Decentralized Finance moves at a blazingly fast speed, and because of that change, it can be hard to understand how to evaluate projects. I’d like to take a moment to go over some things that everyone in DeFi should know, that will help you learn how to better understand the health or status of a particular project.
Tokenomics is short for token and economics, and in the cryptocurrency world, a token is a representation of something, such as value, voting rights etc., and economics we already know. The quality of the tokens economics will convince others to invest as well, so it is vital that you understand tokenomics, and apply it to your investing strategy. Because tokenomics refers to the quality of the economics of a particular token, it is extremely important when deciding whether you should invest in a project or not.
Some of the most important factors to understand are token supplies (inflationary? deflationary?), token emissions (are they going to mint a lot of tokens to reward users?), business models (is it sustainable? are they going to burn or buyback tokens? do they require any tokens to be held?), token distribution models (how did they or will they distribute their tokens?), real world utility (is this token even needed in their business model?) and many other factors.
“TVL” Total Value Locked
Total value locked describes the total aggregate of all funds that are locked into a protocol. Things like liquidity pools, and staking pools are considered “TVL”. TVL is a good indicator to help determine the health of a protocol, based on historical figures, and trajectory, you can better understand the direction a project is headed. TVL is also important to help determine a projects marketshare, and can even be used in some cases to determine if a tokens price is under or over valued.
Exchange token supplies and their changes
Traditionally when sellers wanted to sell large amount of tokens, they needed to use a centralized exchange for that, so they would send large amounts over to their preferred exchange. There are metrics that keep track of this flow of money, and can be a good indicator of when investors may be getting ready to sell. Because the tokens aren’t in the investors personal wallets, it can be assumed they are on the exchanges to prepare for liquidation. This isn’t a perfect indicator by any means though, because some investors will move large amount of assets to centralized exchanges to use as collateral or margin trading.
Wallet Address count
Each project on Binance Smart Chain has a corresponding BSCScan.com page for their contracts/tokens, that will show you how many wallets are currently holding their tokens. Using this number, can help you determine the speed of growth, or even the speed of contraction, of a given project. This indicator is also not perfect, because when users stake their assets, they get deposited into a wallet with everyone else’s staked tokens, so the wallet address count will end up getting skewed lower.
Valid Use Case
We’ve all seen the meme coins explode in value, and then proceed to crash towards the depths of hell. If a project doesn’t have a valid use case for its token, investors tend to dump them and move on to others. Most tokens add use cases to their tokens by allowing investors to stake them, use the tokens to accomplish a task, or simply hold the tokens to obtain membership etc.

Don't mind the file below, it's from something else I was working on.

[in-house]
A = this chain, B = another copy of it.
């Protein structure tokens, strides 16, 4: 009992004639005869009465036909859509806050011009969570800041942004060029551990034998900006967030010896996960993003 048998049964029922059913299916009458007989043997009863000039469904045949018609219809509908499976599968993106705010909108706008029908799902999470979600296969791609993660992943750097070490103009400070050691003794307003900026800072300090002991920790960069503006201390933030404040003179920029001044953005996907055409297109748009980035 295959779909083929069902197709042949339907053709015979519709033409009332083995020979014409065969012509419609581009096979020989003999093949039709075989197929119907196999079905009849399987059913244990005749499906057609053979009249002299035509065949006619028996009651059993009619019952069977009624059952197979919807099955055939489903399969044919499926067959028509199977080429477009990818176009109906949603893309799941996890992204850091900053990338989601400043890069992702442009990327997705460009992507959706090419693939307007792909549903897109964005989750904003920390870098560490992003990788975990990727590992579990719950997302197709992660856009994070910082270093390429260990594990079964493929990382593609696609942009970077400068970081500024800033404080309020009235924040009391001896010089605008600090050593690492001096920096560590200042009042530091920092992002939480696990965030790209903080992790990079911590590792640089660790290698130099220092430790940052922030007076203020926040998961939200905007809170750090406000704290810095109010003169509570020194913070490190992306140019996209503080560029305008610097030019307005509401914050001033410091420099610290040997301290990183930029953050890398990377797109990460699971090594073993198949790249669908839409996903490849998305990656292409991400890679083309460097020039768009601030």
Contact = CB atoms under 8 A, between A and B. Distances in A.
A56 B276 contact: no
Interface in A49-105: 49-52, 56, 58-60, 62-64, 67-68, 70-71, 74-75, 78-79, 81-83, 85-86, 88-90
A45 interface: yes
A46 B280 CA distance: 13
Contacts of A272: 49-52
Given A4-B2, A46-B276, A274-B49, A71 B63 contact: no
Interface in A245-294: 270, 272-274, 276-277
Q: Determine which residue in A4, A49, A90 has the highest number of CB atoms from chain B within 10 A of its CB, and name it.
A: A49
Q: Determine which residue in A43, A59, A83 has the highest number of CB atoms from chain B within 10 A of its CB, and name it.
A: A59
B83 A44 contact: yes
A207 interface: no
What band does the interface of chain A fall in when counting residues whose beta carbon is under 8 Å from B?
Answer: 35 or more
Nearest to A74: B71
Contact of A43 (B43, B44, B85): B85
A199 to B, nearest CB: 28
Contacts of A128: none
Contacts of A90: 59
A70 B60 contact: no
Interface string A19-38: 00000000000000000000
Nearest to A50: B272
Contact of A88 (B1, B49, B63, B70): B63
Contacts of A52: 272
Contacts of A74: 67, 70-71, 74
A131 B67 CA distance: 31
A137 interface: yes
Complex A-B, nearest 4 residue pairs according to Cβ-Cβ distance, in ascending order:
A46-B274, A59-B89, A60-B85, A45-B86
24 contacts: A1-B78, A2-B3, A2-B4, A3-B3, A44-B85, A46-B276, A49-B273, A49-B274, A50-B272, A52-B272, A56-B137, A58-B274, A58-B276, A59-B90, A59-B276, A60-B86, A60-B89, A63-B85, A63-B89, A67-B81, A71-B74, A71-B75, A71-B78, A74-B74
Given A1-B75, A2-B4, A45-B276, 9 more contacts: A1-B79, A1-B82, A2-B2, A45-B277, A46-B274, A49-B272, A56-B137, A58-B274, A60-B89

Understanding the use case for the token is critical to figuring out its true value. The idea is to try and figure out how often people are actually using the token.
Token supplies aren’t all created equal, some are fixed, some grow, and some even decline in size. Its important to understand how the supply will change over the life of your investment, as it directly effects the supply and demand of the asset. An example would be Bitcoin, Bitcoin started off with just the 1 genesis block that was mined, and inflated in size ever since. That however hasn’t been a problem for Bitcoin, as it has been able to utilize the network effect to increase its price regardless of a growing supply.
Some other tokens that inflate their supplies won’t be so lucky however, as it’s not guaranteed that the growth of unique wallet addresses, and investors, to the project will overcome the rising supply. Some new novel tokenomics concepts have recently grown in popularity, using deflationary tactics, through burn mechanisms, have been able to actually reduce the supply during normal operations of the protocol, therefore improving the supply and demand of an asset.
Price to Sales ratio
In the traditional finance world, it’s common to use the P/E ratio to determine the health of a particular company, that compares the companies Price-to-Earnings ratio of the companies stock to its revenue/earnings. Most DeFi protocols are generating revenue (and some even sharing it like Jetfuel Finance or Beefy Finance), so it is usually possible to use this equation to get a similar metric to determine the health of a crypto protocol as well. This can be done by dividing the projects market capitalization with the revenue that a protocol is generating. The lower the ratio is, the more undervalue a project may be.
Keep in mind that none of these tools are perfect, and can not provide a definitive way to calculate a valuation for a project, however all of them in totality, when used correctly, can really help investors try and swing the odds into their favor.